Bank of England's cheap credit scheme to be extended - reports
LONDON (Reuters) - A scheme to get more credit flowing in Britain's stagnant economy will be expanded to include specialist lenders and will run for a year longer than planned, the Sunday Telegraph newspaper reported.
The Bank and the Treasury have been working on plans to extend the 80-billion-pound Funding for Lending (FLS) scheme, and the newspaper said an announcement could come as early as this week.
Chancellor George Osborne is under pressure to do more to foster growth after Britain lost its AAA credit rating - the top grade - from two agencies and the International Monetary Fund said the government should consider slowing the pace of its deficit-cutting programme.
The Financial Times reported on Sunday that Treasury officials hoped the introduction of a second stage of the FLS scheme might give the IMF reason not to criticize economic policy when it carries out an annual review next month.
Osborne said on Friday the government and the central bank would announce "fairly shortly" changes to the scheme, which provides banks and other lenders with cheap financing if they keep or raise lending to households and businesses.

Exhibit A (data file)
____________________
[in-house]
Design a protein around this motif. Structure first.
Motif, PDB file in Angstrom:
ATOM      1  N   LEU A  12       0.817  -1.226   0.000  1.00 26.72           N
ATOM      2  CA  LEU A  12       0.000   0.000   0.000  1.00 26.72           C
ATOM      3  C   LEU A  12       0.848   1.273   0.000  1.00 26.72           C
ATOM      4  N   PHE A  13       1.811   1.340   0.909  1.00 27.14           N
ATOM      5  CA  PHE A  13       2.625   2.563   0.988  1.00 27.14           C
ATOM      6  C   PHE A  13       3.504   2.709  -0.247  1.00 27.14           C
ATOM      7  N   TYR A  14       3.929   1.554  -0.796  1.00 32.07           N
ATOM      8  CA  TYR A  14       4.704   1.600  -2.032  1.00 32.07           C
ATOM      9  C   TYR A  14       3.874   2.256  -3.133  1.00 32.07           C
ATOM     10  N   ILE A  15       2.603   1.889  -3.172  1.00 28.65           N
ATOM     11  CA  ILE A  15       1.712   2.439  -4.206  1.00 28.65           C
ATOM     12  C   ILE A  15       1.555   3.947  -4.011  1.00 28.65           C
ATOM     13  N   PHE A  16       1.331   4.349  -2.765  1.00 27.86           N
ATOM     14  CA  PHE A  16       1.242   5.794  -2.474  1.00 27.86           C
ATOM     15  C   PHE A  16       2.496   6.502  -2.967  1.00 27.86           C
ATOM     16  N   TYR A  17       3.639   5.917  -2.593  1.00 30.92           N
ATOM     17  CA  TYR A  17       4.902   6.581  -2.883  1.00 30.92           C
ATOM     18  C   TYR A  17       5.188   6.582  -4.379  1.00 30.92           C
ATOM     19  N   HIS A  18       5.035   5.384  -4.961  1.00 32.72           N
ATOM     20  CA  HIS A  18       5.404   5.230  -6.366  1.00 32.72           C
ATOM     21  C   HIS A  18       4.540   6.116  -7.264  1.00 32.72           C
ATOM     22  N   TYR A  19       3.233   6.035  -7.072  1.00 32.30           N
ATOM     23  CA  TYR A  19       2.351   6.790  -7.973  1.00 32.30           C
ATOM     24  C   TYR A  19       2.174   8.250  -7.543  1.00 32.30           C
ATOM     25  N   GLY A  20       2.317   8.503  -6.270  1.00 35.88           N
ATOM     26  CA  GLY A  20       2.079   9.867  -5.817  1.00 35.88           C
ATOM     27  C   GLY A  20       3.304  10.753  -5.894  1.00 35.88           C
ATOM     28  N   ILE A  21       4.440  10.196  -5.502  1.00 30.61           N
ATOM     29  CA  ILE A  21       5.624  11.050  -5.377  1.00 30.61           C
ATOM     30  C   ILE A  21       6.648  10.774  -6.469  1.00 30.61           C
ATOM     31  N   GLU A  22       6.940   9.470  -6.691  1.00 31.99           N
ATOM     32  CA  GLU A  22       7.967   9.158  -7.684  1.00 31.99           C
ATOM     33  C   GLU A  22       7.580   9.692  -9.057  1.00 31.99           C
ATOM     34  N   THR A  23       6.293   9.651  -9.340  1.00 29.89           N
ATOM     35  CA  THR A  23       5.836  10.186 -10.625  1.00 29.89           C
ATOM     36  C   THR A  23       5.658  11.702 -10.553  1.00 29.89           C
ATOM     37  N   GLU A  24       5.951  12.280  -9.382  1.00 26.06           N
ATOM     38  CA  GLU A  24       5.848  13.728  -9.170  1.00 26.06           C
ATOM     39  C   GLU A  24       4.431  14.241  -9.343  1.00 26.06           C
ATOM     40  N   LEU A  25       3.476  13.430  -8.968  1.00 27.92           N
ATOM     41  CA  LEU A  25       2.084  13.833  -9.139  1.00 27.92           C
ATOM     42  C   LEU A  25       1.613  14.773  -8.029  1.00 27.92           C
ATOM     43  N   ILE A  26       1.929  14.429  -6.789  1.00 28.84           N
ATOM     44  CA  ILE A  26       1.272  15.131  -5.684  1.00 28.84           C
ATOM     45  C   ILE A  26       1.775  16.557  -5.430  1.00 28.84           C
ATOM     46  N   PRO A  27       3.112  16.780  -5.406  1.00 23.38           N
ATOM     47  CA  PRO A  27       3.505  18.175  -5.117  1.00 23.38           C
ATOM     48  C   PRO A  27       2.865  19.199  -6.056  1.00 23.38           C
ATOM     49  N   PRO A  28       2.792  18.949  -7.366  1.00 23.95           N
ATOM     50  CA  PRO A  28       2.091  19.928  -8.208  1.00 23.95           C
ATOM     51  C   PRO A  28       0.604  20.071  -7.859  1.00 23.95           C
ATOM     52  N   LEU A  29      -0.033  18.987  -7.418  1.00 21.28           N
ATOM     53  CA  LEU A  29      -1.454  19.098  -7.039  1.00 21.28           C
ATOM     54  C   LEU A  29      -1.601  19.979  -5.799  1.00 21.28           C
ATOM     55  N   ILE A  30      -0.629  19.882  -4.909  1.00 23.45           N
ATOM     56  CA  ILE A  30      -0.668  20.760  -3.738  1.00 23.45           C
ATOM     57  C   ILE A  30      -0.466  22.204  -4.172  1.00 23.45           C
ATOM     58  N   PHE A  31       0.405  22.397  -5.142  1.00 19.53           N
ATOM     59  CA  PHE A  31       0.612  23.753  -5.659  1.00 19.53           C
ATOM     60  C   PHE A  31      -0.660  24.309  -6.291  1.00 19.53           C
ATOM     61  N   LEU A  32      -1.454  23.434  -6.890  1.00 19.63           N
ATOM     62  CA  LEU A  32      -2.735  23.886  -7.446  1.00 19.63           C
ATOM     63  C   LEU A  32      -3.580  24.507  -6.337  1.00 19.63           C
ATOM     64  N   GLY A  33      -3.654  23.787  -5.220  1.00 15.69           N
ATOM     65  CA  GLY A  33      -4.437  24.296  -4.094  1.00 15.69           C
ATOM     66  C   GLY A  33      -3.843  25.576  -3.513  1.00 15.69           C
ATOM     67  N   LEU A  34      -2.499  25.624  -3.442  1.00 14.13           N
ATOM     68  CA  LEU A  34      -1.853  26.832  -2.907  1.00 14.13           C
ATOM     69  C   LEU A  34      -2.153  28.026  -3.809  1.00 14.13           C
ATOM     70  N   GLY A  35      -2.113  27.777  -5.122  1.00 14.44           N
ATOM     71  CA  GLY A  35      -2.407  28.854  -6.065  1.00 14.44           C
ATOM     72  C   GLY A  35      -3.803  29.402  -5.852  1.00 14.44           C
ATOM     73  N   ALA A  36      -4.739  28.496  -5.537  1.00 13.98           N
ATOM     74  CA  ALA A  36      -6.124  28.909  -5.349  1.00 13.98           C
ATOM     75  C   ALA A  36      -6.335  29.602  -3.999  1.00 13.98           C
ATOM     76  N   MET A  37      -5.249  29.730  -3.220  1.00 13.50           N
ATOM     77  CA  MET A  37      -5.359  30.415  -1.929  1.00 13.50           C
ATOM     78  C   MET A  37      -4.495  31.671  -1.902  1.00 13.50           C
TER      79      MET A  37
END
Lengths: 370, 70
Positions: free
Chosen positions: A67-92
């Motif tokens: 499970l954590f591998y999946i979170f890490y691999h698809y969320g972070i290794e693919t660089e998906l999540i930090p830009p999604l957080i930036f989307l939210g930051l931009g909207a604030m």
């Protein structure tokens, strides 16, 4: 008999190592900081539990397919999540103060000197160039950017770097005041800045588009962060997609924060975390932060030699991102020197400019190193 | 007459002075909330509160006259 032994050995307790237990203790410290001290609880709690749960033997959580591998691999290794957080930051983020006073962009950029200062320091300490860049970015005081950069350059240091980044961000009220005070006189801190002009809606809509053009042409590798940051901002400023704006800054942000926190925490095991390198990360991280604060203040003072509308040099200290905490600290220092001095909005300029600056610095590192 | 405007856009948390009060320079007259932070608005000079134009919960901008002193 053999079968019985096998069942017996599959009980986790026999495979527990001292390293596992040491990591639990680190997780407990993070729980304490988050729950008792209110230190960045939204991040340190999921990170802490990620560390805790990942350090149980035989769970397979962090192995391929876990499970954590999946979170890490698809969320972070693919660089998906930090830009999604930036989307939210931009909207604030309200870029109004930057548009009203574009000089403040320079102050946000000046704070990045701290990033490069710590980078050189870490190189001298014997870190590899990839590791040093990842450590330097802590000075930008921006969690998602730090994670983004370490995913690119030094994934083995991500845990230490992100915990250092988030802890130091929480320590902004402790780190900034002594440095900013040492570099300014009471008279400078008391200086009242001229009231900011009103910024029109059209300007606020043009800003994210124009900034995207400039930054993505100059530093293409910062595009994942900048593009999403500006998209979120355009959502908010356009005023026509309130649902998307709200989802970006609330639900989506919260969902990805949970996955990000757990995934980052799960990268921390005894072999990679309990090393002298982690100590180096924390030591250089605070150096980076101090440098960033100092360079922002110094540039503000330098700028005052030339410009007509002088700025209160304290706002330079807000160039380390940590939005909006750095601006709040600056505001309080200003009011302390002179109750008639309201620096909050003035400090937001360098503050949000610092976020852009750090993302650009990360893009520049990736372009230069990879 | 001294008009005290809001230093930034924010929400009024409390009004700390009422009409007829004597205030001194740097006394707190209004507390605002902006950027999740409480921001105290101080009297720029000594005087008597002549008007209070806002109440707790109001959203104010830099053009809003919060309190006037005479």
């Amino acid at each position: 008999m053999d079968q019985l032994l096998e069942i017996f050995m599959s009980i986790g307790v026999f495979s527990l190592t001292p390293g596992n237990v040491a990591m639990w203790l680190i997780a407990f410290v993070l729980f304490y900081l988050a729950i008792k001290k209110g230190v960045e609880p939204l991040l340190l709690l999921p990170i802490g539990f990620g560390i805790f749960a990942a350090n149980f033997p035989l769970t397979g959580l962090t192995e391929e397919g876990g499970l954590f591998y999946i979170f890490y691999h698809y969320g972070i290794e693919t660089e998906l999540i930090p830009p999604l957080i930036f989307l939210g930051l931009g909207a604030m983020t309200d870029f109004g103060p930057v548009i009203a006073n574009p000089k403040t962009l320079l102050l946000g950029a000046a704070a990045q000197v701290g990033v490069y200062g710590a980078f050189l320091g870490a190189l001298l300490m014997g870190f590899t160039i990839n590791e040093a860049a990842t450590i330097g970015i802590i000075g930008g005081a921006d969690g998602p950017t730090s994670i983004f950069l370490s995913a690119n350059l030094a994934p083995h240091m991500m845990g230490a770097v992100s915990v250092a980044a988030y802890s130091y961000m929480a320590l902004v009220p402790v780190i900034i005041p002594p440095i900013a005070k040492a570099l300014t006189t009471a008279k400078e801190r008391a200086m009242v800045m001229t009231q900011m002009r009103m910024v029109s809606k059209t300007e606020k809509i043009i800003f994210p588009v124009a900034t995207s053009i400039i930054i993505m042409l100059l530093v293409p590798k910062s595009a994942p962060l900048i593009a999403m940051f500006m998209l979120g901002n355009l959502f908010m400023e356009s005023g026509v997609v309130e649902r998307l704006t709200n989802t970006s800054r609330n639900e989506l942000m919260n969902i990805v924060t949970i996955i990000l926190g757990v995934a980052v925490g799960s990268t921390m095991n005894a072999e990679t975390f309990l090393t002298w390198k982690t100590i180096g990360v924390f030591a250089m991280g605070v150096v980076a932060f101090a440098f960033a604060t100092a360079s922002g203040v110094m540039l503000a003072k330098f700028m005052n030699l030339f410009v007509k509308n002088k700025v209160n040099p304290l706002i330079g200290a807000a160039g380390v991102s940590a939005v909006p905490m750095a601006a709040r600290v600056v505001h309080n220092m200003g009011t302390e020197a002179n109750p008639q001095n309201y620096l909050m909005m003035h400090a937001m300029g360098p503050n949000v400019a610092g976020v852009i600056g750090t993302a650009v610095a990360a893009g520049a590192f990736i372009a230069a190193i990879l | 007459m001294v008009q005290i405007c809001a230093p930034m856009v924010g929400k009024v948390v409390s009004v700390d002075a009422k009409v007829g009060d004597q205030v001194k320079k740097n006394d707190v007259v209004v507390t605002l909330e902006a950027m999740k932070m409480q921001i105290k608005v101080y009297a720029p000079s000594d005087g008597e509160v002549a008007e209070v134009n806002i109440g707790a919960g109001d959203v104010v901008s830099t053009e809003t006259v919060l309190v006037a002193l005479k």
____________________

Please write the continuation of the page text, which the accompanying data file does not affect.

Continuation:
The FLS was launched last year but so far it has not resulted in much more borrowing by small and medium-sized companies.
The Telegraph said the FLS, originally due to end in January next year, would be extended by a year to 2015.
The newspaper said the scope of the scheme would be expanded to include specialist institutions such as asset-based lenders, invoice finance houses and leasing firms in an attempt to ease the credit crunch still felt by small firms.
A Treasury spokesman declined to comment on plans to change the FLS beyond what Osborne had said on Friday.
Asset finance allows businesses to borrow against invoices and machinery.
Since coming to power in May 2010, the Conservative-Liberal Democrat coalition has introduced austerity measures to try and reduce a record peacetime deficit, but persistently weak growth has frustrated the government's economic plans.
(Reporting By Estelle Shirbon and William Schomberg; Editing by Erica Billingham)
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